2) Sugar - There is obviously a tremendous amount of sugar in many of these drinks. And it comes in the form of simple sugars too which have been shown to lead to a spike in blood sugars also known as a "sugar high" followed by a crash when the blood sugars quickly fall back again. This can lead to fatigue, lethargy, and headaches. In a study done on college students who regularly consumed energy drinks there was a significant dose related effect associated with these "jolt and crash" episodes so the more drinks that were consumed the more likely a "jolt and crash" episode was to occur . Not exactly what you were looking for to get you through that Monday morning.
3) Artificial Sweeteners - Those zero calorie or low carb energy drinks might be appealing for those "health conscious" individuals out there looking for a better option than the sugar packed original energy drinks but don't be fooled because the artificial sweeteners they contain do not exactly promote health. In fact, artificial sweeteners such as saccharin have been shown to increase appetite due to their sweetness leading to the consumption of more calories for individuals at their next meal . Sucralose has also been reported to be a possible trigger for migraine headaches in some individuals .
There is a lot of controversy over whether or not artificial sweeteners pose harmful health risks and one of the biggest reasons for this is that there are no long term studies to determine this in humans. Many of the short term studies have been sponsored by the food industry. Until long term studies that are performed by third party independent testers without the potential for bias come forth it's really hard to prove beyond a shadow of a doubt if artificial sweeteners are bad for you or not. What is interesting is that much of the talk in the medical community focuses on whether or not these substances pose health risks instead of whether or not they actually promote positive health outcomes. That in and of itself speaks volumes to the fact that if you are trying to achieve optimal health then consuming artificial sweeteners isn't going to help you get there.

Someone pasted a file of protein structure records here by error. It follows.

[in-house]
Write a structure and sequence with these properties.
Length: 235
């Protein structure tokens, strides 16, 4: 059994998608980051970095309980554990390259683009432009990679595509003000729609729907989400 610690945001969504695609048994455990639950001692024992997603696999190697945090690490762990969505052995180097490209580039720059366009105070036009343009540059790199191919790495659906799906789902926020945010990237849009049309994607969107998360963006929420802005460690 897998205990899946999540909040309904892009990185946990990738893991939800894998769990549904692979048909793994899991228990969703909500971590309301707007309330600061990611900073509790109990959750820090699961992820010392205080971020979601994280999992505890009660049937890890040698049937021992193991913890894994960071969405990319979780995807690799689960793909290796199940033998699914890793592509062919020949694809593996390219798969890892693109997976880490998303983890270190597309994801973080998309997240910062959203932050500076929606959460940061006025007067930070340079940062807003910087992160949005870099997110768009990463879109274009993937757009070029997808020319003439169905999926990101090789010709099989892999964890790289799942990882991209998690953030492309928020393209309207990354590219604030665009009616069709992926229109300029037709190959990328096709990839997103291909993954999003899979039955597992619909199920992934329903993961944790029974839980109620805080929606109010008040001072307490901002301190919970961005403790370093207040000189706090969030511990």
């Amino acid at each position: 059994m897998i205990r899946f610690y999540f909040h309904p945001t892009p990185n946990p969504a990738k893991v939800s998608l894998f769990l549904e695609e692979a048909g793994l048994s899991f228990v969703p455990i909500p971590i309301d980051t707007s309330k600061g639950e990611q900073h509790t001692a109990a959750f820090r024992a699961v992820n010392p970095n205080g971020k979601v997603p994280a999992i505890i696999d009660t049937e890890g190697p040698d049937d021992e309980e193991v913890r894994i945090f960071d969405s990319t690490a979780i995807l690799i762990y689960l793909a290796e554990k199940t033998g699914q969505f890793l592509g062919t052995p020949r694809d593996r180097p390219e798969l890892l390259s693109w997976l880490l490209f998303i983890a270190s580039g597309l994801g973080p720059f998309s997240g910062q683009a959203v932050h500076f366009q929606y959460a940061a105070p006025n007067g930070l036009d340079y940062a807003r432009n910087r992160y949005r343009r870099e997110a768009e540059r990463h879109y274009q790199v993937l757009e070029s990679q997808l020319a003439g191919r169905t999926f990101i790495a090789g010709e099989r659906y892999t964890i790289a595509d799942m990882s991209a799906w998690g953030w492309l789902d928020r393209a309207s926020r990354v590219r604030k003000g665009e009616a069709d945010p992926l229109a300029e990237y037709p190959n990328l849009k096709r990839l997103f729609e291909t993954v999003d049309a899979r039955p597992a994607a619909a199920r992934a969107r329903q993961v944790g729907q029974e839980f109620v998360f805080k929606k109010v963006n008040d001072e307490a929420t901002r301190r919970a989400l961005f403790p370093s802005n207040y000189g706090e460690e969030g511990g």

Energy drinks have become wildly popular in recent years especially with the younger generation of adolescents and college age kids. Their contents may improve your ability to function and stay alert in the short term but they also come with many downsides that far out weigh any benefits they may give. Their high caffeine and sugar content don't bode well for your overall health. And the artificial sweeteners in the low or no calorie versions aren't exactly the picture of health and vitality that some are led to believe.
You're best bet is to drink what we all require to stay alive - ice cold, refreshing water! Or if you need to add some flavor to your life then try some green tea, a smoothie, or 100% fruit juice. And if it's really a boost of energy that you're looking for then nothing beats getting back to the basics by eating a healthy diet, exercising regularly, and developing better sleeping habits.
Dustin Rudolph Pharm.D.
2 Smit HJ, Cotton JR, Hughes SC, Rogers PJ: Mood and cognitive performance effects of "energy" drink constituents: caffeine, glucose and carbonation. Nutritional Neuroscience 2004 , 7:127-139.
5 Lee SJ, Hudson R, Kilpatrick K, Graham TE, Ross R: Caffeine ingestion is associated with reductions in glucose uptake independent of obesity and Type 2 diabetes before and after exercise training. Diabetes Care 2005 , 28:566-572.
6 Scher AI, Stewart WF, Lipton RB: Caffeine as a risk factor for chronic daily headache: A population-based study. Neurology 2004 , 63:2022-2027.
7 Arria AM, O'Brien MC. The "high" risk of energy drinks. JAMA. 2011 Feb 9;305(6):600-1.
8 Rogers PJ, Blundell JE. Separating the actions of sweetness and calories: effects of saccharin and carbohydrates on hunger and food intake in human subjects. Physiol Behav. 1989 Jun;45(6):1093-9.